I’m Peruvian American. I guess that’s what you would technically call it. My parents are Peruvian and I was born here.
Do you have any siblings? how many? do you get along with them?
Yes, I have two siblings. An older brother and an older sister. We get along very well.
Really? Are you lying?
Yes, really and no I’m not lying. I mean me and my sister used to fight, not me and my brother when we were younger, but we’re adults now.
How would you describe the kind of music you listen to? Favorite band?
I don’t think I have a favorite band, I like to listen to chill music: r&b, soul, something that’s pleasing to my ear nothing raunchy or loud.
What would you consider to be ‘raunchy or loud’?
Something that I can’t understand basically most of the music from now.
Why did you choose to work here?
I technically didn’t choose to work here, I had worked at queens vocational for a year, then got laid off, then when I was reassigned back to the board of ed I was sent here.
What do you think of the students? Be honest.
To be honest, I enjoy working with this group of students because if
Pi Day Celebrations
This March 14th, 2012 BSGE celebrated Pi Day like none other with Pi Day songs, games, presentations, food and of course, pie. Pi Day is a holiday committed to celebrating the mathematical constant of Pi, or 3.141596… It goes on forever. “Pi Day is the best day of the year. I love eating pie on that day. I learned how to find the circumference of an actual pie” commented an excited 9th grader, Christopher Birsan. Students got creative by writing new lyrics to familiar songs by artists such as Adele and Drake and turned it into a mathematical songs. Hopefully the BSGE tradition of celebrating Pi Day will keep on going. When asked for a comment on Pi Day, Mr. Mehan and Ms. Lambrini did not have a comment.
Private vs. Public Schools
Some seventh graders who came from private schools think that their transition to BSGE was big but manageable. Private schools have been believed to be more organized and strict compared to public schools. Some also feared that they may feel out of place a little with the new setting. “at first it was hard but, what made it easier was that both of them were small settings and friend from my old school helped me to adjust.” said Eleni Zamagias
According to seventh graders private schools seem to have a better approach in organizing their events compared to public school, and specifically BSGE. Many private schools seem to think about their events ahead of time while BSGE seems work down to the wire. Many of BSGE’s events seem to be informed to the students through announcements made at the end of the with the written notices being sent some time later. “My old school seems to have informed us earlier of
What Makes a Good Teacher?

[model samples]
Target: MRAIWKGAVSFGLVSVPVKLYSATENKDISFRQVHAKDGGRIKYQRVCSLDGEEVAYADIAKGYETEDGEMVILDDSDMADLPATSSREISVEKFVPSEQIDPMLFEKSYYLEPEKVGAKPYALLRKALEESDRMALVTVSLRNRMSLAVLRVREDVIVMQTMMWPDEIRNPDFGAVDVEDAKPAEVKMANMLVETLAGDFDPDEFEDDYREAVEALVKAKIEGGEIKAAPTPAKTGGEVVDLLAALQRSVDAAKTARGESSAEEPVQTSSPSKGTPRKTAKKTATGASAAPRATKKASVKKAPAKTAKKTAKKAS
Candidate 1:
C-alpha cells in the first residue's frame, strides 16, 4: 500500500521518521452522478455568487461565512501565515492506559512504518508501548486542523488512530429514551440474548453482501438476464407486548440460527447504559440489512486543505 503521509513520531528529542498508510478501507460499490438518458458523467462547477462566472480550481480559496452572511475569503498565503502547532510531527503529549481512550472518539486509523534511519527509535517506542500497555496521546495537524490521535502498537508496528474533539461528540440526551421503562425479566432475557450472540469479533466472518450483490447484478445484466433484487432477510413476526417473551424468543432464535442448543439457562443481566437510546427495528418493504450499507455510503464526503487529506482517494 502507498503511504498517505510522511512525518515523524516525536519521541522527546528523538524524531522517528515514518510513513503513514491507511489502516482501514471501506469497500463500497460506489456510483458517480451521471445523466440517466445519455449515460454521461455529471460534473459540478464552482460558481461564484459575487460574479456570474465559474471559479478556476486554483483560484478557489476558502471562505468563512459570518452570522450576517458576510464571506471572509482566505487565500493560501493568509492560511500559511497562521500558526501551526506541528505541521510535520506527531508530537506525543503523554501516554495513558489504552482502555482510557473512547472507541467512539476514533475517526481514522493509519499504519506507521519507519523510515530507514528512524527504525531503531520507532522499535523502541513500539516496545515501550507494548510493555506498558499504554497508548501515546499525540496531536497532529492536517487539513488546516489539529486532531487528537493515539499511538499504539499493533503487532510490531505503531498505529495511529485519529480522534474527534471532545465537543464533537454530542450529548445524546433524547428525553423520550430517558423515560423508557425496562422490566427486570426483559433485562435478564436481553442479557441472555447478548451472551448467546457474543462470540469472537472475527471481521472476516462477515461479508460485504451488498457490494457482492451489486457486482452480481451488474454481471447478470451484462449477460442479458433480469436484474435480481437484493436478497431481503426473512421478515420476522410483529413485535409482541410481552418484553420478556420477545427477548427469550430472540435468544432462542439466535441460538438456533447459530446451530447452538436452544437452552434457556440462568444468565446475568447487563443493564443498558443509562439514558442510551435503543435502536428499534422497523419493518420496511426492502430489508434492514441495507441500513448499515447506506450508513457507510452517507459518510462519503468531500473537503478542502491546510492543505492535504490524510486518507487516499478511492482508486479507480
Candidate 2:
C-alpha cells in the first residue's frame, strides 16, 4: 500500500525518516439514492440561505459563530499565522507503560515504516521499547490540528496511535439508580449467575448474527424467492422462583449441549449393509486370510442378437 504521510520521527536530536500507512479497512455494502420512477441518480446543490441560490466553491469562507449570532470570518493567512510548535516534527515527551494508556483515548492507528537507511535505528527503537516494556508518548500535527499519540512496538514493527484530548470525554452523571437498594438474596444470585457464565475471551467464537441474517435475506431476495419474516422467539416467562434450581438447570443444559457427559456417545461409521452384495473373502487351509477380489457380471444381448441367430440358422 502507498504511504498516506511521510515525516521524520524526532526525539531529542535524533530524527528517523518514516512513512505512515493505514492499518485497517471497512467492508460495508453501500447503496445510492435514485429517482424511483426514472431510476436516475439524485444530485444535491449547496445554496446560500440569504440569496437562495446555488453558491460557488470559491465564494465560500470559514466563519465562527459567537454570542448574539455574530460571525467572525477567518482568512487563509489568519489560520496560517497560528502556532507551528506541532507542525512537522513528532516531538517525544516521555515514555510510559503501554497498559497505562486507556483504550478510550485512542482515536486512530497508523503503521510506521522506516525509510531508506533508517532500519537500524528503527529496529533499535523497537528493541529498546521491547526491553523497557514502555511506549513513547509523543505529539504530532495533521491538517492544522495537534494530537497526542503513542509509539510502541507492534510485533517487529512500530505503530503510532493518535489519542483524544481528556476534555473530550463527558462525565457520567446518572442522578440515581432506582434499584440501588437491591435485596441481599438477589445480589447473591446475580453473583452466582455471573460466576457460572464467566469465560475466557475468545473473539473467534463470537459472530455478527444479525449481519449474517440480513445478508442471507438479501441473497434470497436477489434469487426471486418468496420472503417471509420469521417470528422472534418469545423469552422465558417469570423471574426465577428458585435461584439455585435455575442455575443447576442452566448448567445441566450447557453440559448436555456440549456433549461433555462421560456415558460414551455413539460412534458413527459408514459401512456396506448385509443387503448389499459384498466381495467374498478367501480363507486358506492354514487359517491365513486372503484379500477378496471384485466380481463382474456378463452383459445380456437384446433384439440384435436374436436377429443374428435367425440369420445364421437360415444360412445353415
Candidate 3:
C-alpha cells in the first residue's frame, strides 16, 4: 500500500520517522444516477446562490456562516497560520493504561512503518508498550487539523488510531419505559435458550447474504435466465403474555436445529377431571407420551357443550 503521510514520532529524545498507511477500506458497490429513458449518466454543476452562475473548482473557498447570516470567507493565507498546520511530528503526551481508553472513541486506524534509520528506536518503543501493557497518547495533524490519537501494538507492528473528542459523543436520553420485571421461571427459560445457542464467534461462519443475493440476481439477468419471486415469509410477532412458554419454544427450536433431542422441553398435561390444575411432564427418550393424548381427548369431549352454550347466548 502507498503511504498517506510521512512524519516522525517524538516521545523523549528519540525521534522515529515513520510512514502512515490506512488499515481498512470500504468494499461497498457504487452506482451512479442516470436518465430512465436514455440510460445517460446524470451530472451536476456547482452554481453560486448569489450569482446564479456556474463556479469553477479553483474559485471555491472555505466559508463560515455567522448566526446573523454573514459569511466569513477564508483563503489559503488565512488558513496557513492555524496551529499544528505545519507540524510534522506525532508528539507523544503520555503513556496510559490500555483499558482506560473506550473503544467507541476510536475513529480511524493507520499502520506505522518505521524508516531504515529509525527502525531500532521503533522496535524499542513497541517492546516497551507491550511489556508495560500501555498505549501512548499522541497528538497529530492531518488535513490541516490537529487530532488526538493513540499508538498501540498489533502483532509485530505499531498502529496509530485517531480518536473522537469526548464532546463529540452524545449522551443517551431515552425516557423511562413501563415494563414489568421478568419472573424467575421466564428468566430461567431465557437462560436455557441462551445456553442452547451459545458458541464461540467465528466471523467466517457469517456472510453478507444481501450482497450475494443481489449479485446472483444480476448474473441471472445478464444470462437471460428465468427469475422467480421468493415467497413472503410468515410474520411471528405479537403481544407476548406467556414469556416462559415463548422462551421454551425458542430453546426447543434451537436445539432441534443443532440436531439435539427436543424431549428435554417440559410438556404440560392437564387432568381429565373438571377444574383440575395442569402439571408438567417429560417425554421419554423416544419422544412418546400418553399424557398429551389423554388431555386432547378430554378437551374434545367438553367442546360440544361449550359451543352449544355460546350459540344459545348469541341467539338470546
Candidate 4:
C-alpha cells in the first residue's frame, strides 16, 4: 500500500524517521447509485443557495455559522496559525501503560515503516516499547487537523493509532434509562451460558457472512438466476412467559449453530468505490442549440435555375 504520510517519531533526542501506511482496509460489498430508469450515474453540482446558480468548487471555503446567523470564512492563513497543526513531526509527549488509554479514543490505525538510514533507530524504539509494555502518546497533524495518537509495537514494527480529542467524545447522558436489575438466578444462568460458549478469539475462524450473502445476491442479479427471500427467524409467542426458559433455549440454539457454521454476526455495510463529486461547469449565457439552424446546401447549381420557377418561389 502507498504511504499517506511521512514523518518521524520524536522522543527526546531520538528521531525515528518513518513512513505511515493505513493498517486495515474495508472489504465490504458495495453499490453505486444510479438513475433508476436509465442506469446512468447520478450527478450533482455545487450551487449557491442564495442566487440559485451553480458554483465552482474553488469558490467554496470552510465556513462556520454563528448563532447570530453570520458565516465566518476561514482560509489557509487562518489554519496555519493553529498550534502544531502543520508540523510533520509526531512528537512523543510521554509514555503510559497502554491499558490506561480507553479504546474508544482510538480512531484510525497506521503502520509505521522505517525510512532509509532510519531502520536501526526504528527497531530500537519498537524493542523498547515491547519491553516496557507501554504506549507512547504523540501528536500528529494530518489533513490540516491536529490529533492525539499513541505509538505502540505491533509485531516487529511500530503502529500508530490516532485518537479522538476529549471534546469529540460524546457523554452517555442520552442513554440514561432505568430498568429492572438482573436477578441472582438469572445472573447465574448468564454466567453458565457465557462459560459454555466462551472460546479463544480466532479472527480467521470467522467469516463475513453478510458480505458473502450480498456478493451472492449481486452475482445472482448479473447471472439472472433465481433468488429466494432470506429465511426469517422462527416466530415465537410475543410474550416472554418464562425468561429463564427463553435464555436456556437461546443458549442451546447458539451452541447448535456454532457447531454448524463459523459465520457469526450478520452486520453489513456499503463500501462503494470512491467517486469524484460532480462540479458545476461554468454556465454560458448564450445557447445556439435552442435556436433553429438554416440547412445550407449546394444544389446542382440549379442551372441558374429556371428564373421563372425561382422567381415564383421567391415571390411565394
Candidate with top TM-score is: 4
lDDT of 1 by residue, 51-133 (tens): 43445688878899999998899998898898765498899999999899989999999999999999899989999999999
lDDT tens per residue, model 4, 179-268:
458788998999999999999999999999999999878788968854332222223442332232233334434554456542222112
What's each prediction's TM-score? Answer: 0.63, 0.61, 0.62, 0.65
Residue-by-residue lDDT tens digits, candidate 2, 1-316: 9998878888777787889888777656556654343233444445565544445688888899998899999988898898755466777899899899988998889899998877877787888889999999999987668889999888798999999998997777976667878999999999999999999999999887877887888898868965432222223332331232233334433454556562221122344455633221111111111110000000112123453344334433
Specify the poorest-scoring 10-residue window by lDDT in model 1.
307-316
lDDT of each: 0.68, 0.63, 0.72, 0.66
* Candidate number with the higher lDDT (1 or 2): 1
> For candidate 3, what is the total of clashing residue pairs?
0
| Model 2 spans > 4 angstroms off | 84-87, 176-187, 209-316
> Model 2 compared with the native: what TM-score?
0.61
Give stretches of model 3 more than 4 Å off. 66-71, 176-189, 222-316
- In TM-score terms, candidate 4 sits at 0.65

Good teachers are the main part of getting a great education. They provide the necessary support and guidance in an individual’s academic career and take on the role outside of mentor. Being that a teacher inevitably plays such a large role of a student’s academic career their qualities will ultimately manifest themselves into the welfare of the students. This arises the question of what specific attributes of teachers are optimal to the education of students and which are not. Being that the teacher body is as disparate in their attributes and as the student body, it is hard to generalize the attributes of a good teacher. Some teachers are cute looking, some are funny, some have hairy eyebrows and some wear outfits that pleasure me. Nonetheless the BSGE student body does have a stance on what is believed to be the attributes of “the ideal teacher”
One characteristic of teachers that always seems to emerge is how exactly the classroom is run. The fact of the matter is that most people like to attend a class centered on group work as opposed to individual work. The chance for group collaboration may create a sense of confidence for each individual in the group when tackling unfamiliar material or may simply give chance for all the members to contribute without being scrutinized by the teacher. Simply put by seventh
7th graders in BSGE think that the teachers are better than the teachers they had previously in 6th grade. “The teachers in my old school didn’t really look like they knew the stuff.” Jay Schleyer commented. “The teachers are nicer and they really try to get you to learn the concept and all the information while the other teachers may not know the difference of if you’re falling behind or not.” Leeana Johnston added. 7th graders had liked BSGE teachers better because they feel that the teachers were more helpful and supportive. “Well they really tried to help you if you fell behind and they really, like, they seem that they just really care if you passed or failed.” Leeana Johnston said.
Not only did the teachers change when 7th graders started going to BSGE, the schedules have also been different from the 7th grader’s old schools. “I like the 70-minute classes a lot.” Jay Schleyer admits, “We learn so much more in a day than we normally would with 45 minute classes. The A/B schedule is a little confusing for me. At the end of a long vacation, I’m going crazy, frantically calling and texting students, asking them, ‘ is tomorrow an A day or a B day?’ But in some ways, is